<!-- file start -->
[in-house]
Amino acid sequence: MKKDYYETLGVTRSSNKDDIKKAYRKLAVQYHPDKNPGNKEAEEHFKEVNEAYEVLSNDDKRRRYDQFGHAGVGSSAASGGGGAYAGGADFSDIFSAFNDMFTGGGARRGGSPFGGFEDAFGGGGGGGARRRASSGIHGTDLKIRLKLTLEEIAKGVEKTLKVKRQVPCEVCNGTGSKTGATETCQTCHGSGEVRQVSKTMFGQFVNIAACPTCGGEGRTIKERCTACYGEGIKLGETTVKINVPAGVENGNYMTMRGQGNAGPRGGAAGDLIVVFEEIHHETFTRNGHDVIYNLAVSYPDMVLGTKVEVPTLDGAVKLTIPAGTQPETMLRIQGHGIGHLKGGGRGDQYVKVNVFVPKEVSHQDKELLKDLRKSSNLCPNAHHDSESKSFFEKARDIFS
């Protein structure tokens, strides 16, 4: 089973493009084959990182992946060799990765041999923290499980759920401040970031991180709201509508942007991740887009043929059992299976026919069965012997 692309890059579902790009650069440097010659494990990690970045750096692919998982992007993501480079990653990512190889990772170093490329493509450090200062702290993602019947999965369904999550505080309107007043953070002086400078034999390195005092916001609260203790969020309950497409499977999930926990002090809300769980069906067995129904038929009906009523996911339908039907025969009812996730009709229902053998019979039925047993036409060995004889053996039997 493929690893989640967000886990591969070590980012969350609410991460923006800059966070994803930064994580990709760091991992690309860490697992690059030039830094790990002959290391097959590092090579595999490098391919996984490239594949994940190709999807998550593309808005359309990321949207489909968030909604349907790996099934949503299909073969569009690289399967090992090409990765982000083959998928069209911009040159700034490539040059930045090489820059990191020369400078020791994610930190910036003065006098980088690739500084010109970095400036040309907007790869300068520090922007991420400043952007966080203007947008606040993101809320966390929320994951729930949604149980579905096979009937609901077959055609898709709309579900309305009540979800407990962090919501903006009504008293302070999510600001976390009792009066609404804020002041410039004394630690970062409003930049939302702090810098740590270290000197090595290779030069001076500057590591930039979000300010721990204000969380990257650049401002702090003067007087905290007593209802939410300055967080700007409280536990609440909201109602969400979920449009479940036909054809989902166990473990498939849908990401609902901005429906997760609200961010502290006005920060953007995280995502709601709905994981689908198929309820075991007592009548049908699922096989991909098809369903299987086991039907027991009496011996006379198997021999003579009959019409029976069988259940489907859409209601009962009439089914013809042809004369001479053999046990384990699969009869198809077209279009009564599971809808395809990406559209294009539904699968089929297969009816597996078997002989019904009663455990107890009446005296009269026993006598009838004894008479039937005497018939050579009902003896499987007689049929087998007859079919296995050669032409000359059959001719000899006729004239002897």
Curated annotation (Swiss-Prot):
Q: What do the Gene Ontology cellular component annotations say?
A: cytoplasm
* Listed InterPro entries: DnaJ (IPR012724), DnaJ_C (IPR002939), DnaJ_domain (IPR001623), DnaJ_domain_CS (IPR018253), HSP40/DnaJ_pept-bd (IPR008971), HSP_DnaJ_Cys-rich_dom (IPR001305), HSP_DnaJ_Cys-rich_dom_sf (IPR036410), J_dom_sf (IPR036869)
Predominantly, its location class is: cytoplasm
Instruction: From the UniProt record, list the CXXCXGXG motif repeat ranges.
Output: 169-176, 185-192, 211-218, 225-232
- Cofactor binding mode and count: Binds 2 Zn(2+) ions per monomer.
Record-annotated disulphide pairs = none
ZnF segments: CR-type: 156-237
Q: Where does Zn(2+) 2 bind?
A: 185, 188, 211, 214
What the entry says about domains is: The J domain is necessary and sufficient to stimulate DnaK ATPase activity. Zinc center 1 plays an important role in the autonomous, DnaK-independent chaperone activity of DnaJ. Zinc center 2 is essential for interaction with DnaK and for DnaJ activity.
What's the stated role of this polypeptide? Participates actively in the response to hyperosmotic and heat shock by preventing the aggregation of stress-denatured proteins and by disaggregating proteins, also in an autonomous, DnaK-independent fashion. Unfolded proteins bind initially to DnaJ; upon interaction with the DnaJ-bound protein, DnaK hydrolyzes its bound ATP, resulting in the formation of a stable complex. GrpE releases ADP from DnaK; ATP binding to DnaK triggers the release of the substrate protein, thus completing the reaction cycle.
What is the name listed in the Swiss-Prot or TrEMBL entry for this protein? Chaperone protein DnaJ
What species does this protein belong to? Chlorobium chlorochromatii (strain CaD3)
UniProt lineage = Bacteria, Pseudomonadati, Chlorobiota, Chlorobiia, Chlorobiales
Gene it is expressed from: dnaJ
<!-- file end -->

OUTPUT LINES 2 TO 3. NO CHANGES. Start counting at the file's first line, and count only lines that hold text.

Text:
Amino acid sequence: MKKDYYETLGVTRSSNKDDIKKAYRKLAVQYHPDKNPGNKEAEEHFKEVNEAYEVLSNDDKRRRYDQFGHAGVGSSAASGGGGAYAGGADFSDIFSAFNDMFTGGGARRGGSPFGGFEDAFGGGGGGGARRRASSGIHGTDLKIRLKLTLEEIAKGVEKTLKVKRQVPCEVCNGTGSKTGATETCQTCHGSGEVRQVSKTMFGQFVNIAACPTCGGEGRTIKERCTACYGEGIKLGETTVKINVPAGVENGNYMTMRGQGNAGPRGGAAGDLIVVFEEIHHETFTRNGHDVIYNLAVSYPDMVLGTKVEVPTLDGAVKLTIPAGTQPETMLRIQGHGIGHLKGGGRGDQYVKVNVFVPKEVSHQDKELLKDLRKSSNLCPNAHHDSESKSFFEKARDIFS
């Protein structure tokens, strides 16, 4: 089973493009084959990182992946060799990765041999923290499980759920401040970031991180709201509508942007991740887009043929059992299976026919069965012997 692309890059579902790009650069440097010659494990990690970045750096692919998982992007993501480079990653990512190889990772170093490329493509450090200062702290993602019947999965369904999550505080309107007043953070002086400078034999390195005092916001609260203790969020309950497409499977999930926990002090809300769980069906067995129904038929009906009523996911339908039907025969009812996730009709229902053998019979039925047993036409060995004889053996039997 493929690893989640967000886990591969070590980012969350609410991460923006800059966070994803930064994580990709760091991992690309860490697992690059030039830094790990002959290391097959590092090579595999490098391919996984490239594949994940190709999807998550593309808005359309990321949207489909968030909604349907790996099934949503299909073969569009690289399967090992090409990765982000083959998928069209911009040159700034490539040059930045090489820059990191020369400078020791994610930190910036003065006098980088690739500084010109970095400036040309907007790869300068520090922007991420400043952007966080203007947008606040993101809320966390929320994951729930949604149980579905096979009937609901077959055609898709709309579900309305009540979800407990962090919501903006009504008293302070999510600001976390009792009066609404804020002041410039004394630690970062409003930049939302702090810098740590270290000197090595290779030069001076500057590591930039979000300010721990204000969380990257650049401002702090003067007087905290007593209802939410300055967080700007409280536990609440909201109602969400979920449009479940036909054809989902166990473990498939849908990401609902901005429906997760609200961010502290006005920060953007995280995502709601709905994981689908198929309820075991007592009548049908699922096989991909098809369903299987086991039907027991009496011996006379198997021999003579009959019409029976069988259940489907859409209601009962009439089914013809042809004369001479053999046990384990699969009869198809077209279009009564599971809808395809990406559209294009539904699968089929297969009816597996078997002989019904009663455990107890009446005296009269026993006598009838004894008479039937005497018939050579009902003896499987007689049929087998007859079919296995050669032409000359059959001719000899006729004239002897």